January 2022 HollyShorts Monthly Screenings!

As we begin the new year, it’s finally become time to take a look at a selection of short films from some of the most talented creators in the world. Filmmakers from multiple countries and experiences have shared their work with us, and for the first screening of 2022, we have a plethora of incredible films to share. Be sure to check out these films as they screen from January 27th to January 30th, only on BitPix!

Jennifer Khoe and Michaela McAllister in Mom Fight

Mom Fight – This Mickey Finnegan film brings forth all the joys and struggles of trying to find the perfect holiday gift for your child, and the lengths parents will go to obtain it. A mixture of witty comedy and hard-hitting action, the film comes to a head as two moms battle it out for the last remaining toy on their child’s wish list. Stars Jennifer Khoe and Michaela McAllister are stellar in what is some pretty impressive fight choreography as the two enter a full-on brawl with one another over the chance to make their child’s holiday special. Mom Fight is wildly entertaining, very funny and wonderfully shot, making it obvious why it’s getting the positive attention is has thus far.

Volley – Oliver DeFilippo and Martin George Berishaj team up to brings us the story of a friendly game of tennis between friends that becomes about so much more in this film. Directed by DeFilippo and starring Berishaj and Camrus Johnson, Volley is a film that truly takes a journey, as friends talk and play as they do every week, using their tennis sessions as a way to catch up, bond and grow their friendship. In the particular game this film focuses on, big news hits that completely reframes the way they see their relationships and the lives they live as the game they focus so much on takes a backseat to what is really going on off the court. Films like this are some of the most impactful, as the backdrop of two friends playing a game slowly fades into the background as other, more important things make their way into the main spotlight. It brings depth and emotion to the relationship these friends have, truly showing a deep bond that brings not only the characters, but the audience closer as well. Johnson and Berishaj are both incredible in this, pairing a friendly comradery with genuine affection for the other.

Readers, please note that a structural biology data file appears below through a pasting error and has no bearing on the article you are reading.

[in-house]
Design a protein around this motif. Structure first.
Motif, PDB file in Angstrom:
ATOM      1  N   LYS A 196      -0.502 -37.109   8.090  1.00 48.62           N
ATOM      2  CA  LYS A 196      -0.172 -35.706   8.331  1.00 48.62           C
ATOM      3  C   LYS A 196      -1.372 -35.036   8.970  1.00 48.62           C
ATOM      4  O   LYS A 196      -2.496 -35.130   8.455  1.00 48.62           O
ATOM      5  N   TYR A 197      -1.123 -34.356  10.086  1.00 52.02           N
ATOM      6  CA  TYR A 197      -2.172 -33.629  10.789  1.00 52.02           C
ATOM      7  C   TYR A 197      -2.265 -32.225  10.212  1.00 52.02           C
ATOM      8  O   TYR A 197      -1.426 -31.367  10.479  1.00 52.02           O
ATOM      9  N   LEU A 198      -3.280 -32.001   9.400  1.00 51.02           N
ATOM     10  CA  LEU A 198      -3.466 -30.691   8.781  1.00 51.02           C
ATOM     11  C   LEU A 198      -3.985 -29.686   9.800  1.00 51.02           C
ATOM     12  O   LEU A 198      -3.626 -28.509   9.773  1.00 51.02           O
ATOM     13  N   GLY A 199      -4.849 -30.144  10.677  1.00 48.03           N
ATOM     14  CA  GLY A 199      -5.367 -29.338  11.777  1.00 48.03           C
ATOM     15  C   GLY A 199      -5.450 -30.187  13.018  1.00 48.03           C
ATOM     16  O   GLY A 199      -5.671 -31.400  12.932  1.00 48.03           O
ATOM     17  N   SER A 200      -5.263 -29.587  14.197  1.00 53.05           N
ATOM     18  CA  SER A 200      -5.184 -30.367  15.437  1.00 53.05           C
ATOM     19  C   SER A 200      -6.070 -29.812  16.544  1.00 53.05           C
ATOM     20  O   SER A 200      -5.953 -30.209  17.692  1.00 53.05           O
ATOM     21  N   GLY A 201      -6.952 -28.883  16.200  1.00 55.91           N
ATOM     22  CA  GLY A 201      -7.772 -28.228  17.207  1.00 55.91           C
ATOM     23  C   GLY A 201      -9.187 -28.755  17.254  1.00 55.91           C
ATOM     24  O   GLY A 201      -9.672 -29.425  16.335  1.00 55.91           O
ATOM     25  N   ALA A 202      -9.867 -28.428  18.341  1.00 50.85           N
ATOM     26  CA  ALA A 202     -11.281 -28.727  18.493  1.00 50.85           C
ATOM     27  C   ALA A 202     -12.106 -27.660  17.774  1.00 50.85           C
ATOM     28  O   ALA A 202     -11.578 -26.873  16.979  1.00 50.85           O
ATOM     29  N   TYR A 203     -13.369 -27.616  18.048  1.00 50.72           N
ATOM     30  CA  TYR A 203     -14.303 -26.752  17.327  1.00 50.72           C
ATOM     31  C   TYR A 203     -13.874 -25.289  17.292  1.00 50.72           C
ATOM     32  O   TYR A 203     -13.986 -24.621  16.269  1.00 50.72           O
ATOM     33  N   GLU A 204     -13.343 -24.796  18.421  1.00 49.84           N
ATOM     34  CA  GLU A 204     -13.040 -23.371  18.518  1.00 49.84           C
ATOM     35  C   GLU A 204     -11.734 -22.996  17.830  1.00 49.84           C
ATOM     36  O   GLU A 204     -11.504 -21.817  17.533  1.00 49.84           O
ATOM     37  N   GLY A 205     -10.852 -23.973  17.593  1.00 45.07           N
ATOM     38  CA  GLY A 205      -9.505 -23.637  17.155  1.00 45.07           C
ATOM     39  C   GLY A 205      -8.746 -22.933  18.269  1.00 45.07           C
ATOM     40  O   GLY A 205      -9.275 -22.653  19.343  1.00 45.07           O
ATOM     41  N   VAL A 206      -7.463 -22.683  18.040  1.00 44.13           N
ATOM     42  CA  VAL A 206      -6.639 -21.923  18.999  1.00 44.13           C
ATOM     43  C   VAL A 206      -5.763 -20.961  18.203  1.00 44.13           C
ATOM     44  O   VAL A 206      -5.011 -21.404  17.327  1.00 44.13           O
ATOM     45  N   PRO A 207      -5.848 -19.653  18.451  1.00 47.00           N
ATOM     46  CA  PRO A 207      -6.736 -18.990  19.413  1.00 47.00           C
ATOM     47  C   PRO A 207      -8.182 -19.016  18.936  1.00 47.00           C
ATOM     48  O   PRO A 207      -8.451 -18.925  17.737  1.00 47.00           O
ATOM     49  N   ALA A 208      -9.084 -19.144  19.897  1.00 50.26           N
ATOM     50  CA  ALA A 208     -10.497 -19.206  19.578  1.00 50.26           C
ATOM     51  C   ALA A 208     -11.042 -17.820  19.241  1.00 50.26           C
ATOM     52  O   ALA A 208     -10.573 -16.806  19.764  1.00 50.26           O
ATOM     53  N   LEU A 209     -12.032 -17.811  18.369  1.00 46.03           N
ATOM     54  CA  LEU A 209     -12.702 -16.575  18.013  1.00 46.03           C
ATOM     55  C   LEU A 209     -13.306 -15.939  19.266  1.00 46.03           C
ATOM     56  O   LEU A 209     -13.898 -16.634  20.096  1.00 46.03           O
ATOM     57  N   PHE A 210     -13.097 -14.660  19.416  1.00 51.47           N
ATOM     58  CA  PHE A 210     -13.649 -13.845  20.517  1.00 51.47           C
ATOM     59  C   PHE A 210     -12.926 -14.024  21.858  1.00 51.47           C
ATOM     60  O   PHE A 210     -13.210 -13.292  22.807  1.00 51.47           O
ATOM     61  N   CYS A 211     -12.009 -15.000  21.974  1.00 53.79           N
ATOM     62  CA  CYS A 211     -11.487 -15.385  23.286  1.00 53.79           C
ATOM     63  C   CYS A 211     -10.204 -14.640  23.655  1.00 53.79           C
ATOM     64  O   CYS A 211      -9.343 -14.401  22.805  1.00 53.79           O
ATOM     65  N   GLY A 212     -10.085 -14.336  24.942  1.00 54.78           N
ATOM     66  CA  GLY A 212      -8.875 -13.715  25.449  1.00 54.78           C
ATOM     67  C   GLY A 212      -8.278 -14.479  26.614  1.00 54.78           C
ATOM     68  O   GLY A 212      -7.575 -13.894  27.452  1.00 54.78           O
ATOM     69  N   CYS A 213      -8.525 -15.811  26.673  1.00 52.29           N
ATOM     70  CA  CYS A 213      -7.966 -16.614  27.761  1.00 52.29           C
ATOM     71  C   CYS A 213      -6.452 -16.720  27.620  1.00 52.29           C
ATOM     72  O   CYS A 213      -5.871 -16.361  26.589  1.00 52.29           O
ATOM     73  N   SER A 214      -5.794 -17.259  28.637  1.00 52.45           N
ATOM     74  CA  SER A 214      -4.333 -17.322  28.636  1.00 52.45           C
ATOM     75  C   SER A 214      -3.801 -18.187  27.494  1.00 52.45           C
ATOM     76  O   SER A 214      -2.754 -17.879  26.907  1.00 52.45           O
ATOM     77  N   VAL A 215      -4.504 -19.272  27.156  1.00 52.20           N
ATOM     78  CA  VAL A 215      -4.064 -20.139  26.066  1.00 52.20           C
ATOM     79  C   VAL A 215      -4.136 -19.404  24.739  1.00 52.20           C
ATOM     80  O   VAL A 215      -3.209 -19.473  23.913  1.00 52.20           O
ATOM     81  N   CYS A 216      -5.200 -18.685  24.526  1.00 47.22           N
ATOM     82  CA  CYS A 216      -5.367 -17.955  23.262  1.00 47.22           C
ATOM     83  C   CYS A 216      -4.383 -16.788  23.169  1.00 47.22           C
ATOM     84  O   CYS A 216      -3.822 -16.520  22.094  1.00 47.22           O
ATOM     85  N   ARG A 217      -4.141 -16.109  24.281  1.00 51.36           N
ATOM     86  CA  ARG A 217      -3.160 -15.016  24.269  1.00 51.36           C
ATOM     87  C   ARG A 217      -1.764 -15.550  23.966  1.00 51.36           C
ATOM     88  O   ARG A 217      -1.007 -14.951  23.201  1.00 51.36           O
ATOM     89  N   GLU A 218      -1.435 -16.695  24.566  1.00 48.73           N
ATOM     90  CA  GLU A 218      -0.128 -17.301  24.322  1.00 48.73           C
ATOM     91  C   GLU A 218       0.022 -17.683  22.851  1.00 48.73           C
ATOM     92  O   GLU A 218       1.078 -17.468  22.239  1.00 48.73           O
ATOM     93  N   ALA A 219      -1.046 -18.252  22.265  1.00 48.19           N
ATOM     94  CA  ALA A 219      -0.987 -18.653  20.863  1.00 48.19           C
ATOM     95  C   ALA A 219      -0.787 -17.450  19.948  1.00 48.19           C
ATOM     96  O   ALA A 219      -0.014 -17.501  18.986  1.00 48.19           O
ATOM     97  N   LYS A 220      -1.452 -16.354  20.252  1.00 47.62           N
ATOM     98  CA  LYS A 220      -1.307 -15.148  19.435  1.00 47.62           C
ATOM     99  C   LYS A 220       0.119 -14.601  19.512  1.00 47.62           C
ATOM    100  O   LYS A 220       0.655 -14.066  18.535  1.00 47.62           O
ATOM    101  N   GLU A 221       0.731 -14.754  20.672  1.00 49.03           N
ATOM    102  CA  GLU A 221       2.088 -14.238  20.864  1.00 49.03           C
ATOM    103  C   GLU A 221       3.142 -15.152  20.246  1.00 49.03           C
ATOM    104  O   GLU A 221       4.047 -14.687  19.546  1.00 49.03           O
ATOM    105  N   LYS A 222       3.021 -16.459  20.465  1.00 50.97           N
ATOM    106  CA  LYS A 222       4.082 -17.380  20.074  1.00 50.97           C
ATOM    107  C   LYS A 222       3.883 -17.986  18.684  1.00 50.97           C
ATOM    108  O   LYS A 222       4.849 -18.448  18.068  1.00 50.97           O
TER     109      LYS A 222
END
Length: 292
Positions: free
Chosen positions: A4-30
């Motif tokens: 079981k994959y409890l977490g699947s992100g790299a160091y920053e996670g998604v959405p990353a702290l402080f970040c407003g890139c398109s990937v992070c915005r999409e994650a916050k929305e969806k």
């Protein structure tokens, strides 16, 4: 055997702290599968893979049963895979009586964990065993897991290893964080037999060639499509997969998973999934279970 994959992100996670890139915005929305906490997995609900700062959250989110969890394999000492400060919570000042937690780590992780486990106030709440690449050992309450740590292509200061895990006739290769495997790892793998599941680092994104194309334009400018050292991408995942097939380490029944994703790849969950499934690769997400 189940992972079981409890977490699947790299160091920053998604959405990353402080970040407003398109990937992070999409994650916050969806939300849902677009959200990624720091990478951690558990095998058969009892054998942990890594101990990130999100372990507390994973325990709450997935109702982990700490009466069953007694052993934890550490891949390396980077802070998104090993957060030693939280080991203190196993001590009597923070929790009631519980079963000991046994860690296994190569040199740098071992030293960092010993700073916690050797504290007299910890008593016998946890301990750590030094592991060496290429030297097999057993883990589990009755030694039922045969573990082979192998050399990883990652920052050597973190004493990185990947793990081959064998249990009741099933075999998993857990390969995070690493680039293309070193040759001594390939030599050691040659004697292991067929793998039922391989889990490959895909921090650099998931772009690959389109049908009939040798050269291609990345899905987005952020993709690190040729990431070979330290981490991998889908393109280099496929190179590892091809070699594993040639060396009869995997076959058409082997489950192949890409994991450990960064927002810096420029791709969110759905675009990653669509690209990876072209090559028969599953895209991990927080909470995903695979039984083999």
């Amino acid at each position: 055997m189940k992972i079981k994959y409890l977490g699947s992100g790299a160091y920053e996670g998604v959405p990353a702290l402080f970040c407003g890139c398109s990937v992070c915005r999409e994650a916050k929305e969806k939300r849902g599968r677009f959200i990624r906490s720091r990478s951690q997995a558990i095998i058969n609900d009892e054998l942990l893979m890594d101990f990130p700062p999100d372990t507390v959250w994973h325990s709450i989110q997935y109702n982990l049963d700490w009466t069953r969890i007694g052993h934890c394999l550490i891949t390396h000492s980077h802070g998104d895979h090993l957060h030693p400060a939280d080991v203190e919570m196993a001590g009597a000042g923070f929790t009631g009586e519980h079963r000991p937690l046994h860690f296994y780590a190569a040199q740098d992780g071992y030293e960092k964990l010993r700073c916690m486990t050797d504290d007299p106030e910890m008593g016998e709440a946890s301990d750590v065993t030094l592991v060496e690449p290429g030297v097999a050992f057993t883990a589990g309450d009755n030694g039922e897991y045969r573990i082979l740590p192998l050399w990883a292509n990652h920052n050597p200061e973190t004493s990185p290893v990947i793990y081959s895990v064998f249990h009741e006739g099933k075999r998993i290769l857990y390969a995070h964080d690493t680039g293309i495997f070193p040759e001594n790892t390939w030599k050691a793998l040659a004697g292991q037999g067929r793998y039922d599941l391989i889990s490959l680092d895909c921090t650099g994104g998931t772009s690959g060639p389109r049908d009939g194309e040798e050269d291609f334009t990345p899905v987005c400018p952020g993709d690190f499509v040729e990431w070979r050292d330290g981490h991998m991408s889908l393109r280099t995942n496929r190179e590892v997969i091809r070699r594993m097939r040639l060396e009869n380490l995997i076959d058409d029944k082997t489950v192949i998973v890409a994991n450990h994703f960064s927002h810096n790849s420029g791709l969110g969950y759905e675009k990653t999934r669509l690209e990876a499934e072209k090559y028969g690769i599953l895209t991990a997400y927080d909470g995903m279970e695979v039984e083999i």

Sleepwalker – A film by Nathan Alan Bunker, and written by Andrea Bunker, this is a very esoteric and dreamlike film that tells the story of a husband attempting to keep his wife safe during her sleepwalking. Not all is what it seems, however, as she may be an unwitting participant in something much more sinister. This is really interesting short horror, with a lot to be left to the imagination, in the best way. David Sullivan and Haley Webb both do terrific jobs of keeping up the tension.